As Canada works to bridge the digital gap across all of its 10 million square kilometres, a new report shows that even in urban centres like Toronto, a good chunk of people are still dealing with slow internet or none at all.
Here’s how the numbers — and the rippling effects — break down.
Two in five households have internet speed below CRTC targets
Thirty-eight per cent of Toronto households don’t have internet that is up to speed with Canada’s 50 megabits per second (mbps) download target, according to a new report from Ryerson University’s Brookfield Institute for Innovation and Entrepreneurship called Mapping Toronto’s Digital Divide.
At a time when health communications are quickly pinging around the web, and school and work have been forced online, no access or poor access to the internet can have bigger consequences.
Three in five of those with no internet say it impacted their access to critical services
Two per cent of respondents said they don’t have access to home internet at all, and of that, 61 per cent said it has affected their ability to access critical services.
What’s that mean? Among other things: COVID-19 public health announcements, information about business closures, how to access CERB and taking part in education programs for remote learning.
“Many services from reserving skating times, to booking a COVID test to applying for income support have shifted to online first,” said Nisa Malli, a co-author of the report and a manager at the Brookfield Institute.
Although online isn’t the only option, given measures to combat COVID-19, people could be putting themselves more at risk without access to virtual options, or delaying their education.
“For those who don’t have internet access at home, it means they’re more likely to have to put themselves at risk of being in person or experience longer wait times as they’re calling in.”
The biggest problem? Cost
Most respondents without internet say the cost or lack of a device to use it on are the reason.
Regardless of income, most Toronto households pay between $36 and $100 per month for home internet services.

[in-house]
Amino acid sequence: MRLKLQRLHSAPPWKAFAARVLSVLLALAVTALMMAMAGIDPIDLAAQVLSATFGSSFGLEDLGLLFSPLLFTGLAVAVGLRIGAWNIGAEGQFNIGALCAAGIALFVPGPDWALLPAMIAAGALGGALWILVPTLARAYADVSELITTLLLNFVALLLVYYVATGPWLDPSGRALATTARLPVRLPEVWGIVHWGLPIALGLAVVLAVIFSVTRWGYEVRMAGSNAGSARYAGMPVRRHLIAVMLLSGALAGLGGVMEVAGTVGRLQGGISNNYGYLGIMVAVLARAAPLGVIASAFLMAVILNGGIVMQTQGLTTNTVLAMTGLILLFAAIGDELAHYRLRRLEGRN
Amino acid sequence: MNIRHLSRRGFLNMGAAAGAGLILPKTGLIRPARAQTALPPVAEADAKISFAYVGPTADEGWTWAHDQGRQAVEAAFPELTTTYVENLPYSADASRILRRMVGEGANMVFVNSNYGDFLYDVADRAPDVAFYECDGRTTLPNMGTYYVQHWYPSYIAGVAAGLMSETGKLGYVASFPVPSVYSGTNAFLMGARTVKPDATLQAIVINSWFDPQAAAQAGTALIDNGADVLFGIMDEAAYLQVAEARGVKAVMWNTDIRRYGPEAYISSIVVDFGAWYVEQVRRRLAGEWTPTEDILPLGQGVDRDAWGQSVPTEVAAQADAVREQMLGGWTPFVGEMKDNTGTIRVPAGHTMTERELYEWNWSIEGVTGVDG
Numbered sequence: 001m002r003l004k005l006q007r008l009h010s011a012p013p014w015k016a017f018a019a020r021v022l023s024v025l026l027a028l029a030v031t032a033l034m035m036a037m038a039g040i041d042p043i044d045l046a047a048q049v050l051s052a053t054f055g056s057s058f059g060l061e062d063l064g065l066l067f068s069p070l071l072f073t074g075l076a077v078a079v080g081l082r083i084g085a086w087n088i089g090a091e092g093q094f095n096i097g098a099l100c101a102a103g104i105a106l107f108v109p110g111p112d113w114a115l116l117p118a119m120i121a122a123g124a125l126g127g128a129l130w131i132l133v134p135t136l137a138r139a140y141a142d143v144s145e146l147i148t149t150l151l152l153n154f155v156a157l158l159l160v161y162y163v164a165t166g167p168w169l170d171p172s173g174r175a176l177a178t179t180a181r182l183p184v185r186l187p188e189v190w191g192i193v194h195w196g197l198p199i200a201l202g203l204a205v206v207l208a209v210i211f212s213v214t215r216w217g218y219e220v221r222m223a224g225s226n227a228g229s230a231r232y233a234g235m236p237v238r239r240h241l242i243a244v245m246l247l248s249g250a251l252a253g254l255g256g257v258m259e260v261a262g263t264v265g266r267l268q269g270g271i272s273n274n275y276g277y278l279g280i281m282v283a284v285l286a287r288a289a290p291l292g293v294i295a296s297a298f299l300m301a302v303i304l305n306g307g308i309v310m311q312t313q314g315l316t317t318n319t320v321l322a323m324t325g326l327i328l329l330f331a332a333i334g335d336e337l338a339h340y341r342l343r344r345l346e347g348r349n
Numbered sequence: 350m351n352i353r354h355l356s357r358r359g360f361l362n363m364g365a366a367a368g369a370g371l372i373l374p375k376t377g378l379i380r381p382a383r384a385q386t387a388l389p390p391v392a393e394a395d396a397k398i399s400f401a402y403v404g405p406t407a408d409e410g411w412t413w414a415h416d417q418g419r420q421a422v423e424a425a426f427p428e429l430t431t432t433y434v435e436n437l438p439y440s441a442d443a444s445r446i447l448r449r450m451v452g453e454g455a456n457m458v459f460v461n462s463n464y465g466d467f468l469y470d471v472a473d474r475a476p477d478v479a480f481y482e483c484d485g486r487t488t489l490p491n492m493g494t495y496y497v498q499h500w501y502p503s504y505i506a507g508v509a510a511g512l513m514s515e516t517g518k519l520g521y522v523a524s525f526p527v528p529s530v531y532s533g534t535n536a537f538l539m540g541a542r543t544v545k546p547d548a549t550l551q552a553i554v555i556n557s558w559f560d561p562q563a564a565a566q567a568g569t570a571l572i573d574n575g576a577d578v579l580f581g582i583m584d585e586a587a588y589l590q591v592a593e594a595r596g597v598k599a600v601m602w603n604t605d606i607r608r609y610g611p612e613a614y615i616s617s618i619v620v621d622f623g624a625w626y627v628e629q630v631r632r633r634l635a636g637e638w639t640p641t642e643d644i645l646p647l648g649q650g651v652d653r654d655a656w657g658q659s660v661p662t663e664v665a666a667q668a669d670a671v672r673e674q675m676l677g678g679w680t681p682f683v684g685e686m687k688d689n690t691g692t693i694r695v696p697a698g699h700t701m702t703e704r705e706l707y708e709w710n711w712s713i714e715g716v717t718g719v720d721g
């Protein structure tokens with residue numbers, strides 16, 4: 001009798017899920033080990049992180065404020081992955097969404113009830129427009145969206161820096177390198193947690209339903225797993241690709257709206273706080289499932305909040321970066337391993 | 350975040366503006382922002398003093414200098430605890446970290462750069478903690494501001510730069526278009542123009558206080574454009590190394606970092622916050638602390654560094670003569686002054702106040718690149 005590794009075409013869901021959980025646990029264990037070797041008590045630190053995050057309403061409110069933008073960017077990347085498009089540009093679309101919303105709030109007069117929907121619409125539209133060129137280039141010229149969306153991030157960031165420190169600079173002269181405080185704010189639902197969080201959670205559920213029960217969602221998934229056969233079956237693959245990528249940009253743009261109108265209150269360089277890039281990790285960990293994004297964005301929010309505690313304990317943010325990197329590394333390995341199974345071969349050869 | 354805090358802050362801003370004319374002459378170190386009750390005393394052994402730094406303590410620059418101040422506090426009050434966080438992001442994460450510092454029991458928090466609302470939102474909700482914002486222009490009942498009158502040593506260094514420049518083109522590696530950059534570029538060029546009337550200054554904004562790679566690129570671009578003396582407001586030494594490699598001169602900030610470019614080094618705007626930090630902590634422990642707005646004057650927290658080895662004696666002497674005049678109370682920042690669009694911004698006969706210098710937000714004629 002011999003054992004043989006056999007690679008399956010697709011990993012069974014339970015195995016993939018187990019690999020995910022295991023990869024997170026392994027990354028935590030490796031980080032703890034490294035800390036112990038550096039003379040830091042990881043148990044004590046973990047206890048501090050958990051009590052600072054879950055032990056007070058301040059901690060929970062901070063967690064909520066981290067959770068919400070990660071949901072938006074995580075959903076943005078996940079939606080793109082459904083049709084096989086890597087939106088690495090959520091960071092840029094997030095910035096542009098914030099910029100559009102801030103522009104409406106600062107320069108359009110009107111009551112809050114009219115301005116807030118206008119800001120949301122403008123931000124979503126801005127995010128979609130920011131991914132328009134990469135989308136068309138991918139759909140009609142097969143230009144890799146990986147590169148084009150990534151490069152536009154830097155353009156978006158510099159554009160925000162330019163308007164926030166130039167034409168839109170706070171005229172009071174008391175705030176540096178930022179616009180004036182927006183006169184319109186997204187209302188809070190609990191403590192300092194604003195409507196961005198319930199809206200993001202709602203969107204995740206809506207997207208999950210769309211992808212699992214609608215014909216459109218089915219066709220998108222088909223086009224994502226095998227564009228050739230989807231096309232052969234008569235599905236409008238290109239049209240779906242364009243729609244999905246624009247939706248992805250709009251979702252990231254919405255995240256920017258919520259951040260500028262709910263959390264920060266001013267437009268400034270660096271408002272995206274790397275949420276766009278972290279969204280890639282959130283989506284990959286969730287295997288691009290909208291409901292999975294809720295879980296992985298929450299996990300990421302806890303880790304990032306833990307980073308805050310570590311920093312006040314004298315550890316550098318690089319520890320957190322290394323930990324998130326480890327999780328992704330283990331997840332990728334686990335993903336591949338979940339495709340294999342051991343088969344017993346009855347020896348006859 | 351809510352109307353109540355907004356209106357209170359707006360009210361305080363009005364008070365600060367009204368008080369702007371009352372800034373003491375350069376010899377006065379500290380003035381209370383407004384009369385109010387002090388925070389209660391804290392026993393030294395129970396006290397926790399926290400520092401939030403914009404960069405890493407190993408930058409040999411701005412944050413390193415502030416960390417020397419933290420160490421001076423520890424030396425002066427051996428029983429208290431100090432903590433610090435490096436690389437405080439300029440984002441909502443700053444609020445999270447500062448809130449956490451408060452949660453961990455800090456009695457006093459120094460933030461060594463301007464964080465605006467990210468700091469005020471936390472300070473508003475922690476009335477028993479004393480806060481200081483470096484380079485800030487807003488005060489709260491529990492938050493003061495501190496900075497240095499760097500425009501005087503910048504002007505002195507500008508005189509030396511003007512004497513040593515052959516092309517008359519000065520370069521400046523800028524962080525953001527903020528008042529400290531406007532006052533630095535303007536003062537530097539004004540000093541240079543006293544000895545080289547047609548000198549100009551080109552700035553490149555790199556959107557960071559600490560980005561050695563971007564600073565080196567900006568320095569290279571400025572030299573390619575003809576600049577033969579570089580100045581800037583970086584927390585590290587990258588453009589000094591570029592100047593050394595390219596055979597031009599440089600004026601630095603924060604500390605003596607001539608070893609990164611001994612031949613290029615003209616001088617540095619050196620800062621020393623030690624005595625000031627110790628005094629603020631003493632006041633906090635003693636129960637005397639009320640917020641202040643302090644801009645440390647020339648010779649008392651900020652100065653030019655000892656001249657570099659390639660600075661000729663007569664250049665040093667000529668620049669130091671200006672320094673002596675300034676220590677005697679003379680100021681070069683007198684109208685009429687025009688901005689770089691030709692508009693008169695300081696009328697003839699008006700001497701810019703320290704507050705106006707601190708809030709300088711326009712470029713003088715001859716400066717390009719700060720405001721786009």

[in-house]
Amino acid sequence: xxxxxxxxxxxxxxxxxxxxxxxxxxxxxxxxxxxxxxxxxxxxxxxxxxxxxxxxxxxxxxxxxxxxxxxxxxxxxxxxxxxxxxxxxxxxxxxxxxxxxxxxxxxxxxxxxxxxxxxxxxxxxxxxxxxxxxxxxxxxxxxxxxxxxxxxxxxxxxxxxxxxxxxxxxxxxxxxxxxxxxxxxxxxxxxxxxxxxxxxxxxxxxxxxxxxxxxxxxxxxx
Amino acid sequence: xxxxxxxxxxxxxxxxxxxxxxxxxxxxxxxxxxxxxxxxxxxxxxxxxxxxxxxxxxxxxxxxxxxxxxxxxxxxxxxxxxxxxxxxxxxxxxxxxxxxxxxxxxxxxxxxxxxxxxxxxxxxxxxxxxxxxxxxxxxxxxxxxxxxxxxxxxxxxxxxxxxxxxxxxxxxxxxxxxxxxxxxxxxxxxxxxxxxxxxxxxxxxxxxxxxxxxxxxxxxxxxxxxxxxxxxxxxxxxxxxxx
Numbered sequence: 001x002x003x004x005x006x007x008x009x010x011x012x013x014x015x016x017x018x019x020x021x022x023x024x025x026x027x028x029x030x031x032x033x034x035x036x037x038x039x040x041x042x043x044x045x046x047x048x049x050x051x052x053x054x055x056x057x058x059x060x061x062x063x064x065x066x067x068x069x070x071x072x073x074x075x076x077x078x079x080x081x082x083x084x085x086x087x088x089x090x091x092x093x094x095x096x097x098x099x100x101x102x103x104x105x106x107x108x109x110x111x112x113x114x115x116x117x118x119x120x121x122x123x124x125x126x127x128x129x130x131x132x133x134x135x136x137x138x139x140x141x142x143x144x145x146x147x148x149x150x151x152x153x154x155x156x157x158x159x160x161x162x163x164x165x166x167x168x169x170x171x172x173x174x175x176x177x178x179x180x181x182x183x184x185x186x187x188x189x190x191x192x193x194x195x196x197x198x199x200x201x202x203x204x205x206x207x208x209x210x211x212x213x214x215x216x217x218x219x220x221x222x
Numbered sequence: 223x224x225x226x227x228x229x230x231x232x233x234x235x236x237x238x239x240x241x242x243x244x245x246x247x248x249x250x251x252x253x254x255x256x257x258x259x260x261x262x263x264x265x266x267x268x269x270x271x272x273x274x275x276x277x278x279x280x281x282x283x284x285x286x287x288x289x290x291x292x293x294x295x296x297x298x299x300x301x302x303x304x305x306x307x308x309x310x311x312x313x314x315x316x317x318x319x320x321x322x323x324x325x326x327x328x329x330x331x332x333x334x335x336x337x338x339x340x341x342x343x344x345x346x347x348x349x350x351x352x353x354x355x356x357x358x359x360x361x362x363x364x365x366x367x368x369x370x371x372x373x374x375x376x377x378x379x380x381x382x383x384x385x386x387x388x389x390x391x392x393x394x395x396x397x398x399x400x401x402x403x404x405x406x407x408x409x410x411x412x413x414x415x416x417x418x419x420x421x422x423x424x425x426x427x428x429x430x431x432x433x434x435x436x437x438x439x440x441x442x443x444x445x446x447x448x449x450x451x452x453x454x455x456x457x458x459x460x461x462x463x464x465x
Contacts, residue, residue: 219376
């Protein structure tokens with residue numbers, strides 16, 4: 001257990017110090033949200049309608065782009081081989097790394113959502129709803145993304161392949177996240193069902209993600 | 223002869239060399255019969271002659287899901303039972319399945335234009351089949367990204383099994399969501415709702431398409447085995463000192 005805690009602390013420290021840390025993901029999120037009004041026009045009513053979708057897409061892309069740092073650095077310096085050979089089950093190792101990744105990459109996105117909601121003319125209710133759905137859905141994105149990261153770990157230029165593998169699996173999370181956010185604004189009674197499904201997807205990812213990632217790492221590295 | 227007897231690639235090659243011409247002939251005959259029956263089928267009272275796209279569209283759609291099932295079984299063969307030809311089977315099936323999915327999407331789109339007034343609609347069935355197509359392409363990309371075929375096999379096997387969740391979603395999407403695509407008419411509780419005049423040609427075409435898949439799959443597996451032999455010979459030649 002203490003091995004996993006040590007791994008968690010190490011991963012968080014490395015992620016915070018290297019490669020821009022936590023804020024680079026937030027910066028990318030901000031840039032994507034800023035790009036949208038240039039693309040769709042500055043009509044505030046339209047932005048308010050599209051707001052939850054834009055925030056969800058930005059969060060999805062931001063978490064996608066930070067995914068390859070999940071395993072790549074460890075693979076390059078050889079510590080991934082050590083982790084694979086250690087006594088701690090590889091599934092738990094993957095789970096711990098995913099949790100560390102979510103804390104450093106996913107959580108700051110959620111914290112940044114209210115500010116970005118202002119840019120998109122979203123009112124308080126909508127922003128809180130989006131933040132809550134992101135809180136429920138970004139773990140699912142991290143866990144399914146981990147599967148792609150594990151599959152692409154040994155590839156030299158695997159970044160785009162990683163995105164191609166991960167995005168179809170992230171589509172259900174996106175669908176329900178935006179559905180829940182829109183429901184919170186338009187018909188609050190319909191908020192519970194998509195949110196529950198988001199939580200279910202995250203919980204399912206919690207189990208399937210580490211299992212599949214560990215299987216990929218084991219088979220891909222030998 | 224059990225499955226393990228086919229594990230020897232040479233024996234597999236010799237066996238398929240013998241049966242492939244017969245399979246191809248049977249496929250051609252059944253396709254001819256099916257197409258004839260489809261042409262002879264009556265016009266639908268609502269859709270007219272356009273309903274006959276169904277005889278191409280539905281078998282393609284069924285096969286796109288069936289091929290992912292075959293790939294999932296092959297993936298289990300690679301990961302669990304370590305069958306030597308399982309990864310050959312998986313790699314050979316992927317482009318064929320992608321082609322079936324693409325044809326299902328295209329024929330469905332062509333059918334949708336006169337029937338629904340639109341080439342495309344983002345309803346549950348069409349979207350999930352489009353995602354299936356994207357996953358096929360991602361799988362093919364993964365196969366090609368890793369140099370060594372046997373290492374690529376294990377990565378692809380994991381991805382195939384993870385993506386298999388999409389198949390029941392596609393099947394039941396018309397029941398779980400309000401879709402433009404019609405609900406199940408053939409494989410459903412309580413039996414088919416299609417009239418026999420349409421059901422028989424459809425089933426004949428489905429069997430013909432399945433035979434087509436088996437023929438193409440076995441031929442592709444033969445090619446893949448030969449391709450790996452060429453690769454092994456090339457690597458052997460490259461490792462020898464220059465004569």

While there are two programs in the city that offer low-income families internet for $10 a month, only one per cent of respondents report paying $10 or less. Critics have pointed out that the $10 program can be slow and inaccessible to all low-income Canadians.
Who worries more about paying internet bills?
Two of the major barriers to accessing home internet are the cost of the service or access to a device. And cost worries are divided across income and race.
More than a third of people are worried about paying their internet bill over the next few months, with low-income, newcomer, single parent, Latin American, South Asian, Black and Southeast Asian residents worrying the most.
Places people have got online outside of home
The report showed that the majority — 42 per cent — of respondents without internet at home relied on the public library for use and, overall, 16 per cent used libraries to get online. Malli said that these sorts of spaces can’t be forgotten about as we respond to the pandemic.
“That speaks to the enormous value that free or low-cost drop-in accessible public internet and computers have, and the necessity in the context of the pandemic and making sure that those kinds of spaces are still available and open and as safe as they can be.
“I think that access is really complicated. And we need a range of services and programs,” Malli said, including accessible broadband, portable options and clinics teaching digital literacy.
Angelyn Francis, Local Journalism Initiative Reporter, Danica Samuel, Toronto Star, Toronto Star